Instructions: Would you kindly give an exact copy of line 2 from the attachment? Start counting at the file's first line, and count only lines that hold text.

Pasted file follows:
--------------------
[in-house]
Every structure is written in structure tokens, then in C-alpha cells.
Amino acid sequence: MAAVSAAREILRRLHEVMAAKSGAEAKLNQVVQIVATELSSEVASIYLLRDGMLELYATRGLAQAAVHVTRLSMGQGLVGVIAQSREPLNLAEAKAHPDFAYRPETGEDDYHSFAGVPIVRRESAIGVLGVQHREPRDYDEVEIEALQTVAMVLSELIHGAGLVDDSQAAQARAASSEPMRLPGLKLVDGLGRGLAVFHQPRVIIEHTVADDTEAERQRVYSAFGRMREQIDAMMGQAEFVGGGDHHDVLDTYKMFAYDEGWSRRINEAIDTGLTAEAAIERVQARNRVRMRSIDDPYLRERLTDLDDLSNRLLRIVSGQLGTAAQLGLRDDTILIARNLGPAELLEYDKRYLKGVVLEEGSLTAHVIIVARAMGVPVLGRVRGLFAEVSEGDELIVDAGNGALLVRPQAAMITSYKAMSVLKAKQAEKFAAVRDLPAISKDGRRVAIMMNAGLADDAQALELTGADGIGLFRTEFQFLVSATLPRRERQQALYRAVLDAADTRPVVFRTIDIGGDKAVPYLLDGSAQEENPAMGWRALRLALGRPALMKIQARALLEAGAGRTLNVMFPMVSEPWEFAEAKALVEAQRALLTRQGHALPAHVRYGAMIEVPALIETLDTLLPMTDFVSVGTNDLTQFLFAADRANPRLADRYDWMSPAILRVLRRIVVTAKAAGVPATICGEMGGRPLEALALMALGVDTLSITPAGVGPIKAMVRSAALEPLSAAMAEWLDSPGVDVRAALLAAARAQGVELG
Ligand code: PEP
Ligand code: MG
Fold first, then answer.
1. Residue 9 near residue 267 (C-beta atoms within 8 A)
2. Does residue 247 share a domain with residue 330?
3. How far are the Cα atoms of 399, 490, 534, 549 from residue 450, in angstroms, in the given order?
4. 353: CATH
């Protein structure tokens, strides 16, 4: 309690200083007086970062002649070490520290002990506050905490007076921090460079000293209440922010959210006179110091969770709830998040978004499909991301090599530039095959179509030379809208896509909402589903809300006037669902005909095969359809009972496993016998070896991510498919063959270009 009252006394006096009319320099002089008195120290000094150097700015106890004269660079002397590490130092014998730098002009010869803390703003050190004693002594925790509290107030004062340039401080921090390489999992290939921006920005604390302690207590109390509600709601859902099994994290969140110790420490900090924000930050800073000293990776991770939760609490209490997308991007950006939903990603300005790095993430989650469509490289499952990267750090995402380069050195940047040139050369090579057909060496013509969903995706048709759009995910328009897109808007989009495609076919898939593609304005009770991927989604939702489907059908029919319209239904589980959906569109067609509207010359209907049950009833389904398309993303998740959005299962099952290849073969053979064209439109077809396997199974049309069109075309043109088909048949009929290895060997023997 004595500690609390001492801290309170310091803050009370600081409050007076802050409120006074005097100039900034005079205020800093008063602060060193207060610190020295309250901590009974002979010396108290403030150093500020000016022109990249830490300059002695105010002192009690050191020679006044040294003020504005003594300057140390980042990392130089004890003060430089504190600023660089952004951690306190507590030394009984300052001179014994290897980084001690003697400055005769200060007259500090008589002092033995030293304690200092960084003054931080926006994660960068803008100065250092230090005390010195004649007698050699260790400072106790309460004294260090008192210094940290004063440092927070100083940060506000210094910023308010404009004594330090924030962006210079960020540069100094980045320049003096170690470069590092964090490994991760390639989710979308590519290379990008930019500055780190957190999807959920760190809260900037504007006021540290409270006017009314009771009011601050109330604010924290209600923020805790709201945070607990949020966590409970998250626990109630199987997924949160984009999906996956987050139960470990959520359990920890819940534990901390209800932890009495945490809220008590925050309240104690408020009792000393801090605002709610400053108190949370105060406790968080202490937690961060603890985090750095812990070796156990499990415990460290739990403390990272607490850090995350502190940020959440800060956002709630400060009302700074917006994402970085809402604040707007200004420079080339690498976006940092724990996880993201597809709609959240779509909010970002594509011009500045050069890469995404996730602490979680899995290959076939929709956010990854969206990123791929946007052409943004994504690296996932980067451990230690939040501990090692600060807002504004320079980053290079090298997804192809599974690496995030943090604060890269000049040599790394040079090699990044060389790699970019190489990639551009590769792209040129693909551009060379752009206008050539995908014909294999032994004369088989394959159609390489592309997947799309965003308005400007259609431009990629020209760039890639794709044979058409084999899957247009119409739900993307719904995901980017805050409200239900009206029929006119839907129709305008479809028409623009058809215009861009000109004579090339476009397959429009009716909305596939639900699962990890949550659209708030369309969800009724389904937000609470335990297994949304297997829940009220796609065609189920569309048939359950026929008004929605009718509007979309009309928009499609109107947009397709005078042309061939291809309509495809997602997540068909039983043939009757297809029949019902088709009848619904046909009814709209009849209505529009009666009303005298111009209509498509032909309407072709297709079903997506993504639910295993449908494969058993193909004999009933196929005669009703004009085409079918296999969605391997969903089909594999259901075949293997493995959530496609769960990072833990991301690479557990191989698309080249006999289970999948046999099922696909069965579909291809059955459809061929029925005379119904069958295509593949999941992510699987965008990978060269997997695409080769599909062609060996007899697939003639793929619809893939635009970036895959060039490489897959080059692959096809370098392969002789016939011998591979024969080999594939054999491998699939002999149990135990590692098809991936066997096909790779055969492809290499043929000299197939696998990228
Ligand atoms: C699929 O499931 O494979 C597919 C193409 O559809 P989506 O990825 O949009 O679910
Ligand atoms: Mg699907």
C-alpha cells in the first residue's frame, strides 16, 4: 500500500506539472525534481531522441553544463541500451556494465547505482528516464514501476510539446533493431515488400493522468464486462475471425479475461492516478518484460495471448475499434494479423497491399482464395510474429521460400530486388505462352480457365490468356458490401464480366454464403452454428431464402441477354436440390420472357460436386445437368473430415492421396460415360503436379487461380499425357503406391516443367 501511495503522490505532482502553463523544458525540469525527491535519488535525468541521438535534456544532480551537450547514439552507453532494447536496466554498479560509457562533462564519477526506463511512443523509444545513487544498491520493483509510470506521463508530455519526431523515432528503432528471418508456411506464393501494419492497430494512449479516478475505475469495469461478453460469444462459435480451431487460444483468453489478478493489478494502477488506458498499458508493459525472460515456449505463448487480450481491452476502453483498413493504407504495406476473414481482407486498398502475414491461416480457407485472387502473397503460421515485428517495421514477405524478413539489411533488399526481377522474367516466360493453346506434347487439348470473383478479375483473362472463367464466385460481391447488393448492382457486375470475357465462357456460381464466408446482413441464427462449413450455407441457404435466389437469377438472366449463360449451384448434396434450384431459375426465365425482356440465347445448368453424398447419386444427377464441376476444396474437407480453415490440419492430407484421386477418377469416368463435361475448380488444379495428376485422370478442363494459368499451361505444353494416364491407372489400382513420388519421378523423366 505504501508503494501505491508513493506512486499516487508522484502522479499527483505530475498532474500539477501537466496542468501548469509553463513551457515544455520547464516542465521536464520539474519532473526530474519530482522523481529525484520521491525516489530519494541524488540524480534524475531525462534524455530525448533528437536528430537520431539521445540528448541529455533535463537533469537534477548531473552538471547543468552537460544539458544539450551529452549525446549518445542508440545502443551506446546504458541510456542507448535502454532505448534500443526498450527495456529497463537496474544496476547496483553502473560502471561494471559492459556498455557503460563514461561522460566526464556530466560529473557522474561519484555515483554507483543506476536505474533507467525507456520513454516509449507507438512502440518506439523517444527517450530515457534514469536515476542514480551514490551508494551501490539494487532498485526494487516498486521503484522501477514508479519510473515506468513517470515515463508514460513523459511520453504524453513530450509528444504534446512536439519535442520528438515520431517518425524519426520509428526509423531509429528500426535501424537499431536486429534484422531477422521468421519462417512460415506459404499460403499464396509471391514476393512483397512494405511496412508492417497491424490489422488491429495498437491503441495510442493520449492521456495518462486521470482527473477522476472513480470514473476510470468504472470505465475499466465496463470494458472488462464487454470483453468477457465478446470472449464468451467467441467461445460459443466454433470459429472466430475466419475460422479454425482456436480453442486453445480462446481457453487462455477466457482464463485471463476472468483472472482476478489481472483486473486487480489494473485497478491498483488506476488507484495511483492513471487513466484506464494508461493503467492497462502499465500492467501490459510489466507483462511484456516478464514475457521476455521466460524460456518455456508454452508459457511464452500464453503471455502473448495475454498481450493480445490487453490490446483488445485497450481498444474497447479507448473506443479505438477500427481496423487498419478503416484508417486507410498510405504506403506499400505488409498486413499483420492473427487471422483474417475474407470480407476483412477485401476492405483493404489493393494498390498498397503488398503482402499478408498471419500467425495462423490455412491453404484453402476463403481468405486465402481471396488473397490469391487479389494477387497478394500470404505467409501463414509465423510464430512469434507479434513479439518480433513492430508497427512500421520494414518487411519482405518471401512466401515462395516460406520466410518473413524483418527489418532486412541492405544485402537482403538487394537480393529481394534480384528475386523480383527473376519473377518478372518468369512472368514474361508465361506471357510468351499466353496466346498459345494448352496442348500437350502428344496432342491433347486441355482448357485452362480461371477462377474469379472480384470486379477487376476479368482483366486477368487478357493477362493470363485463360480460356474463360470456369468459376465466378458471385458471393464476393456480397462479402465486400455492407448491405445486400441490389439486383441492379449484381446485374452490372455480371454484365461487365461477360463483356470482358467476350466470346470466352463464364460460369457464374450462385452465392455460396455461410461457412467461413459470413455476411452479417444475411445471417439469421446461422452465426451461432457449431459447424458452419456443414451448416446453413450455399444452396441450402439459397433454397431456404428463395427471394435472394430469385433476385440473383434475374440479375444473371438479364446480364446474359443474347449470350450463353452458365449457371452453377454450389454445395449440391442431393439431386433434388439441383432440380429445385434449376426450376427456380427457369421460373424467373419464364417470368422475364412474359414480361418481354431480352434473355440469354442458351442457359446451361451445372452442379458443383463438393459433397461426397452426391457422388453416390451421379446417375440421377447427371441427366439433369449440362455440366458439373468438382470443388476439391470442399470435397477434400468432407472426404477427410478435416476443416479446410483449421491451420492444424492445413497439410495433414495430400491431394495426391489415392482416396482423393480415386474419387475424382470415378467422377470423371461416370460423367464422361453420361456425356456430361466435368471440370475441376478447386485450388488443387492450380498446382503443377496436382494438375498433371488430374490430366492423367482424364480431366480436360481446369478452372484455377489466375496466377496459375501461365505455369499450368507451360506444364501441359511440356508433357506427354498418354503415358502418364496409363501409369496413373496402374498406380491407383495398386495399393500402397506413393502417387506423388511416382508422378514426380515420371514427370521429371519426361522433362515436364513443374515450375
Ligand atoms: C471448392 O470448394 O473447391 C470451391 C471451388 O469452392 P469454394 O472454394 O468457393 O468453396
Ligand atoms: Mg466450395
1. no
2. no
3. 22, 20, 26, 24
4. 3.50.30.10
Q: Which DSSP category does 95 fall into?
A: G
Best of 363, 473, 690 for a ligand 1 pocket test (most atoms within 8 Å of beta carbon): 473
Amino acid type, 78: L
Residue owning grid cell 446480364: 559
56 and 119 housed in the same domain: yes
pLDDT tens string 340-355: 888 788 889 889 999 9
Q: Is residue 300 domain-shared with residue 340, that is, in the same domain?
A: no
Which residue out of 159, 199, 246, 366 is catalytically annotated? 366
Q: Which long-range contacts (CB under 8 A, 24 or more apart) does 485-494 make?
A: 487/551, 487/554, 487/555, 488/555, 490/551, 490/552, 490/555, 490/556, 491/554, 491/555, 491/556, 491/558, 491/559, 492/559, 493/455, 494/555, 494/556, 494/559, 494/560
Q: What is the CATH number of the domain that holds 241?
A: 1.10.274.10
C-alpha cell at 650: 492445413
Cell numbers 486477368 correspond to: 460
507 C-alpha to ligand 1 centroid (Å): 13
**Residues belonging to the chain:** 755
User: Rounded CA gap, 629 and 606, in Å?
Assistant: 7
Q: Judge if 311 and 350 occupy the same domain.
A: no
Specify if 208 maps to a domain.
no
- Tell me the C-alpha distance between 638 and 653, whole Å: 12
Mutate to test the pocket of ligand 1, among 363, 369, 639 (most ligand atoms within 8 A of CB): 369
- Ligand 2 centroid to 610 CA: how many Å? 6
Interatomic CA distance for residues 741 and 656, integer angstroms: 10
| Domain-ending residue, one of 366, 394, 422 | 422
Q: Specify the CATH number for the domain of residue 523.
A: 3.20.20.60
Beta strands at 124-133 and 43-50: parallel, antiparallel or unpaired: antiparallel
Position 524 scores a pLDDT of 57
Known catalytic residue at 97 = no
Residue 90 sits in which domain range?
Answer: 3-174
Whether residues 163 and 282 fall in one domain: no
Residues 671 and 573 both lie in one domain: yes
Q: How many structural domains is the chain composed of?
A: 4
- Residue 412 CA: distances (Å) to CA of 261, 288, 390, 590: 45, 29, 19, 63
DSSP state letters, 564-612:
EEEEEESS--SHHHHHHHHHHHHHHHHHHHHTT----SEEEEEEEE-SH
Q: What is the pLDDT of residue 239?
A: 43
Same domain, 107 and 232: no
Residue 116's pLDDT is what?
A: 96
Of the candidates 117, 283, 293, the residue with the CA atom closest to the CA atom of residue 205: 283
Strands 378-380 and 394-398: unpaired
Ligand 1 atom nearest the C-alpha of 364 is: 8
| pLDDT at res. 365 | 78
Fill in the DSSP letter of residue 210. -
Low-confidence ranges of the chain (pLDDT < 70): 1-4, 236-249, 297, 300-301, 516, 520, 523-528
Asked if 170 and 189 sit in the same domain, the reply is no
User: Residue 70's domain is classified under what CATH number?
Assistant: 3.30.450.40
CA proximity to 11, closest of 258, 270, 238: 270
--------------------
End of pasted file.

Every structure is written in structure tokens, then in C-alpha cells.